‘Gatwick chaos must not be repeated at regional airports’
- Credit: Archant
Cities like Norwich that rely on their airports for tourism and trade 'cannot afford' a repeat of the chaos that has gripped Gatwick, a government source has said.
Gatwick Airport was closed from late on Wednesday evening until Friday morning after drones were spotted flying above the runway and inside the perimeter.
There were around 40 sightings of what were thought to be a 'small number of drones' while the West Sussex airport was closed.
Passengers – many hoping to leave the country to spend Christmas abroad – were left sleeping on the floor of the terminal as police played cat and mouse with the drone operator who remains at large.
A source said the government was taking the closure seriously and was investigating ways to make sure a similar incident could never happen again.
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He said: 'This is unprecedented stuff to be honest. No-one was completely sure what they should be doing or how to handle it. Very quickly a lot of people have become semi-experts on drones.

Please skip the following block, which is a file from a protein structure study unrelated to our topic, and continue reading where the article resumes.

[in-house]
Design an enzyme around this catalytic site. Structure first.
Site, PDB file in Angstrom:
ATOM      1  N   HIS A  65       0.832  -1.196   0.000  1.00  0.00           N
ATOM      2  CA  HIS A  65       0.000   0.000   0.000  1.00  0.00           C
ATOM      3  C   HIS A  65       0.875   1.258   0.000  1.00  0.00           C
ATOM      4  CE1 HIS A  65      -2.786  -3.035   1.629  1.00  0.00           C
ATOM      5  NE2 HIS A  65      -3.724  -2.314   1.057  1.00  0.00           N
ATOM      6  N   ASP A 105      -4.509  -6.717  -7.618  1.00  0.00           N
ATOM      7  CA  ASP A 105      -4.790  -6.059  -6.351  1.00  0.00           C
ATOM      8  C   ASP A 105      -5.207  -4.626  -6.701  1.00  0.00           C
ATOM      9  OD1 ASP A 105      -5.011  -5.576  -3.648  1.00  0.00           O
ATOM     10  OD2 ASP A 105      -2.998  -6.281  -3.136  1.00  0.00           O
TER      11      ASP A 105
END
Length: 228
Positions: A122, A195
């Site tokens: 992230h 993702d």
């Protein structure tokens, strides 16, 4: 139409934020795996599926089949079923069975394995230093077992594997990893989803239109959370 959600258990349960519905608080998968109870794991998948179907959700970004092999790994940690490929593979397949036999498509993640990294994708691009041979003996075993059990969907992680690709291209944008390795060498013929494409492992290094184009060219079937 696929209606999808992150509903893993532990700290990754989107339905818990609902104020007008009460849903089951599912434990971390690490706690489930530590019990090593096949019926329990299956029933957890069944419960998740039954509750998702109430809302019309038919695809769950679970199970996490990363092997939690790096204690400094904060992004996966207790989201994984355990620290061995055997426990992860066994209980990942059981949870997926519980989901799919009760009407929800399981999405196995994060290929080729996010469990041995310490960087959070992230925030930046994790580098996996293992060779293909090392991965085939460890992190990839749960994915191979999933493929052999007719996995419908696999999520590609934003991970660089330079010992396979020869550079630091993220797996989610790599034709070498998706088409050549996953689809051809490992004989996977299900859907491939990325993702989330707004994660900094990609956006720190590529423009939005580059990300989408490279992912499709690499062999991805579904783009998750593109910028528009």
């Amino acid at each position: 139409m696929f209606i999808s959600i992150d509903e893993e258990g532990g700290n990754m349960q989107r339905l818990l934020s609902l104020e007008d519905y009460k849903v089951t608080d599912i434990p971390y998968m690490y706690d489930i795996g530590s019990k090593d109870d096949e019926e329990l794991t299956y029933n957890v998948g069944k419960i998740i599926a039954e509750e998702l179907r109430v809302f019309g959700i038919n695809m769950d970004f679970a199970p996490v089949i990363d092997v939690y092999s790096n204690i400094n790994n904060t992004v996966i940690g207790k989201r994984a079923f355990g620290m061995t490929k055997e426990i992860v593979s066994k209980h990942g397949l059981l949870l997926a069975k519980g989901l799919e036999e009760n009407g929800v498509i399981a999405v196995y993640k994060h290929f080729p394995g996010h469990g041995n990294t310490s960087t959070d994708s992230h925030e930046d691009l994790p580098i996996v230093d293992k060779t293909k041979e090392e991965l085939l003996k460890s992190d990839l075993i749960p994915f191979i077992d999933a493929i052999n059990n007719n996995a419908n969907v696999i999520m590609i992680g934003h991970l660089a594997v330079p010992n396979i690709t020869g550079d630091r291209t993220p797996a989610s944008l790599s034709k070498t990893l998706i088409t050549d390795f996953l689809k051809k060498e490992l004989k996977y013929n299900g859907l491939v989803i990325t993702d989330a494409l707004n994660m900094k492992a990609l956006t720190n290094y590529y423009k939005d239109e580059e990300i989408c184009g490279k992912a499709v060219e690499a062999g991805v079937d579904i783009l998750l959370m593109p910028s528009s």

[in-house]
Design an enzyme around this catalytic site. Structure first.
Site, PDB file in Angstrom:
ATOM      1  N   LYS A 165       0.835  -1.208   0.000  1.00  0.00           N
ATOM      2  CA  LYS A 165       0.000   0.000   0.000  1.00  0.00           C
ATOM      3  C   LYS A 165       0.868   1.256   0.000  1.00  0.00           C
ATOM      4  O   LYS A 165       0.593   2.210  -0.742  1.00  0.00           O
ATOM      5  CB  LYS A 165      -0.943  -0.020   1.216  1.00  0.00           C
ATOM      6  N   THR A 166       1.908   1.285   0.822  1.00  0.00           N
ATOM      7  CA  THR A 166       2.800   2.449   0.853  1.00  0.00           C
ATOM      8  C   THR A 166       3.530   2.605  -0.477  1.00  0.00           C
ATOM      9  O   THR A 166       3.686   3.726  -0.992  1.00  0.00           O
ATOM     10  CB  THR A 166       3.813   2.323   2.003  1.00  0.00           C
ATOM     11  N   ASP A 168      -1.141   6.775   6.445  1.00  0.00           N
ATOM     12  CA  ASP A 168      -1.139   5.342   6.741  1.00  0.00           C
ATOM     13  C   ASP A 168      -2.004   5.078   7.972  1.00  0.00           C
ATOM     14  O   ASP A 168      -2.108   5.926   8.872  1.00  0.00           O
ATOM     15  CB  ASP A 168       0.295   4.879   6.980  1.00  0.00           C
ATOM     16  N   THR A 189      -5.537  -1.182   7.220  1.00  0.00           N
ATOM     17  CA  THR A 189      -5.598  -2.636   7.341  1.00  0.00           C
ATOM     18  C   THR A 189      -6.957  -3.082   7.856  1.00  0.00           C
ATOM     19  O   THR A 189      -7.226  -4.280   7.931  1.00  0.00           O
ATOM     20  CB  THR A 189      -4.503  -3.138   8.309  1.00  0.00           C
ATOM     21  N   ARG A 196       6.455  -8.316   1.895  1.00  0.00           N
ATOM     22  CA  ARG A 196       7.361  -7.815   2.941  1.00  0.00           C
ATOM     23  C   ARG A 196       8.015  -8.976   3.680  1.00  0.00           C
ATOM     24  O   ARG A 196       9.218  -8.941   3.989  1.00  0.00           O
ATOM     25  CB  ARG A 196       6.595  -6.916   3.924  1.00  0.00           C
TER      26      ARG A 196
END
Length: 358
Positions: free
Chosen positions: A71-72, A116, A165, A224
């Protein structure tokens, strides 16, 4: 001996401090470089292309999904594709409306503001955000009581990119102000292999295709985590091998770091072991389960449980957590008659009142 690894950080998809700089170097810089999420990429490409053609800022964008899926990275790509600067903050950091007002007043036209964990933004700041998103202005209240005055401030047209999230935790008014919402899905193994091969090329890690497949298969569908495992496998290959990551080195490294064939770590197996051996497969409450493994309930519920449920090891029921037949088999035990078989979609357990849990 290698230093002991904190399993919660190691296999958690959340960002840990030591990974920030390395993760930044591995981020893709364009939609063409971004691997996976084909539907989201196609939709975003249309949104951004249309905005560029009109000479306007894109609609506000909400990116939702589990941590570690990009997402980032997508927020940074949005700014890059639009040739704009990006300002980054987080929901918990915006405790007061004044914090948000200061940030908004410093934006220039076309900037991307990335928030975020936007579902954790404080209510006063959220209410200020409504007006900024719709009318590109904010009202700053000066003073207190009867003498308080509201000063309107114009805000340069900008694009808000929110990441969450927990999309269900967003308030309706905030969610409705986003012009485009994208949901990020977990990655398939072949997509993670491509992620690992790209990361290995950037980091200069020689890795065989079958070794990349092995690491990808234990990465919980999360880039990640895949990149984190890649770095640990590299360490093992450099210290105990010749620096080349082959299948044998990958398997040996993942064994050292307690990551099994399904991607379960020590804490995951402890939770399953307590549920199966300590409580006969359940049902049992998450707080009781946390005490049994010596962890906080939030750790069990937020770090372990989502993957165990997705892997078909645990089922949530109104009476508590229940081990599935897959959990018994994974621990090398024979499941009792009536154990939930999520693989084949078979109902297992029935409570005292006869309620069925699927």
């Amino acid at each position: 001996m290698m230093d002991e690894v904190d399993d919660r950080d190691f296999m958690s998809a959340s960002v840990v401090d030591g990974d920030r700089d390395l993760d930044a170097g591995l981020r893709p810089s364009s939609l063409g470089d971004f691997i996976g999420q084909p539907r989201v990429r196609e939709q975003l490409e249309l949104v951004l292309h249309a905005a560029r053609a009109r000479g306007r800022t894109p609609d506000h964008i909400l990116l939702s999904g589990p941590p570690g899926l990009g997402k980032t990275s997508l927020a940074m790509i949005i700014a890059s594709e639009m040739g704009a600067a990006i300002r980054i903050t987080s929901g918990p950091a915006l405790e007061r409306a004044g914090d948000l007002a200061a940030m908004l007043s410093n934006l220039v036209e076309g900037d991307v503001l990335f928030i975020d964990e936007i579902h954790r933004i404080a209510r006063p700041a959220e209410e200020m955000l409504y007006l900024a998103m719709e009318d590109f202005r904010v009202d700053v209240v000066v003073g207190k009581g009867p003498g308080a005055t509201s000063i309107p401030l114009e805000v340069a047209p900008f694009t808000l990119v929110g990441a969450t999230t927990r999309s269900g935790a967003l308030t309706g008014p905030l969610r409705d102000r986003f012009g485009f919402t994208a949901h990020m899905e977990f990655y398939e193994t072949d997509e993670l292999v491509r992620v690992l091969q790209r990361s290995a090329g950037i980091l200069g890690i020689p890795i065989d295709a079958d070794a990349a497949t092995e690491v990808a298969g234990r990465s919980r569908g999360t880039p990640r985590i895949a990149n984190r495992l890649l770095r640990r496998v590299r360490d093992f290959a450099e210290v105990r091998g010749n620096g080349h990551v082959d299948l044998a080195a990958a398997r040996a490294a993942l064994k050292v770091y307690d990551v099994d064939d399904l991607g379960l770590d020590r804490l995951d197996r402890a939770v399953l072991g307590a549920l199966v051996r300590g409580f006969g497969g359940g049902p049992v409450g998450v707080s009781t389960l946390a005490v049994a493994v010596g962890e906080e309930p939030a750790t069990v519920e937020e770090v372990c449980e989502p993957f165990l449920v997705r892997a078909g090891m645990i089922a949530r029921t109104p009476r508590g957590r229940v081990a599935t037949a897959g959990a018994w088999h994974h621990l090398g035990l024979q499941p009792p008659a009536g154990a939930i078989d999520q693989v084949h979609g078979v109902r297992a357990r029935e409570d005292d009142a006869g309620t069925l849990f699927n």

'The first issue, of course, has to be safety. There was no way any airport would risk passengers' safety and I think those poor people left stranded at Gatwick understood that.
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'We really have to get our heads together with the industry – airports and airlines – and the police to stop this kind of thing happening.
'Regional cities like Norwich cannot afford to have a threat like this hanging over their airport so we must act fast and make sure something is sorted. And when the police do find the perpetrator and he or she is in front of a court I hope a very clear message is sent out.'
A spokesman from Regional and City Airports, who own Norwich Airport, said: 'Our airports are on standby to accommodate any diversionary flights from Gatwick, subject to operational requirement and capacity.
'Safety is the key priority for all airports and we are watching developments closely. RCA will take its lead from industry regulators on how best to prevent illegal drone flying in prohibited airspace.'
Transport secretary Chris Grayling said: 'We are facing a new kind of threat. We are looking at the best ways of making protections permanent.'
Meanwhile RAF Lakenheath, where US Air Force units are based, released a video making the rules about drone use clear.
A spokesman said: 'In the interest of safety and security, and in accordance with the United Kingdom's Air Navigation Order 2018, RAF Lakenheath is a protected aerodrome. This means that drone use is prohibited on our installation as well as within one kilometre of our perimeter.'